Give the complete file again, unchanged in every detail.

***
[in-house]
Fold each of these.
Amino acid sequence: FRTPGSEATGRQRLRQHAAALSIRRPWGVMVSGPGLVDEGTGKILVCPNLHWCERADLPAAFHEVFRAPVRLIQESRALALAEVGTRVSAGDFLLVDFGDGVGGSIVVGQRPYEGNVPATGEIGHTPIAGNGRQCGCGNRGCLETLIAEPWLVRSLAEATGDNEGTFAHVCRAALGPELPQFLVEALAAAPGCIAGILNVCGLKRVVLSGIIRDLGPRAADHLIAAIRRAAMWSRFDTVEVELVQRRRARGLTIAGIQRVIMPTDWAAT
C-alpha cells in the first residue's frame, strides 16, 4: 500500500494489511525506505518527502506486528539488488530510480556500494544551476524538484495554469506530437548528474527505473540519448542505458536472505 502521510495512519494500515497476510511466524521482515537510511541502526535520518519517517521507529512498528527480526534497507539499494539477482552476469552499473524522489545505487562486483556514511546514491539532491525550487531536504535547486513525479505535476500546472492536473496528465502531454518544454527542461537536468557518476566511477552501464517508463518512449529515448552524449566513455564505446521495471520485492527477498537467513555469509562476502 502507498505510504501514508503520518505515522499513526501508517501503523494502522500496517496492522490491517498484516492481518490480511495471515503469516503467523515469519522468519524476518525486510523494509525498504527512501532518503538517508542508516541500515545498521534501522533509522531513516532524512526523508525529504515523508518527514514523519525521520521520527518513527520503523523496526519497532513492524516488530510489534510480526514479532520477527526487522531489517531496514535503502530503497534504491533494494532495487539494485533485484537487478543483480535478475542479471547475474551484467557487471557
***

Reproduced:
[in-house]
Fold each of these.
Amino acid sequence: FRTPGSEATGRQRLRQHAAALSIRRPWGVMVSGPGLVDEGTGKILVCPNLHWCERADLPAAFHEVFRAPVRLIQESRALALAEVGTRVSAGDFLLVDFGDGVGGSIVVGQRPYEGNVPATGEIGHTPIAGNGRQCGCGNRGCLETLIAEPWLVRSLAEATGDNEGTFAHVCRAALGPELPQFLVEALAAAPGCIAGILNVCGLKRVVLSGIIRDLGPRAADHLIAAIRRAAMWSRFDTVEVELVQRRRARGLTIAGIQRVIMPTDWAAT
C-alpha cells in the first residue's frame, strides 16, 4: 500500500494489511525506505518527502506486528539488488530510480556500494544551476524538484495554469506530437548528474527505473540519448542505458536472505 502521510495512519494500515497476510511466524521482515537510511541502526535520518519517517521507529512498528527480526534497507539499494539477482552476469552499473524522489545505487562486483556514511546514491539532491525550487531536504535547486513525479505535476500546472492536473496528465502531454518544454527542461537536468557518476566511477552501464517508463518512449529515448552524449566513455564505446521495471520485492527477498537467513555469509562476502 502507498505510504501514508503520518505515522499513526501508517501503523494502522500496517496492522490491517498484516492481518490480511495471515503469516503467523515469519522468519524476518525486510523494509525498504527512501532518503538517508542508516541500515545498521534501522533509522531513516532524512526523508525529504515523508518527514514523519525521520521520527518513527520503523523496526519497532513492524516488530510489534510480526514479532520477527526487522531489517531496514535503502530503497534504491533494494532495487539494485533485484537487478543483480535478475542479471547475474551484467557487471557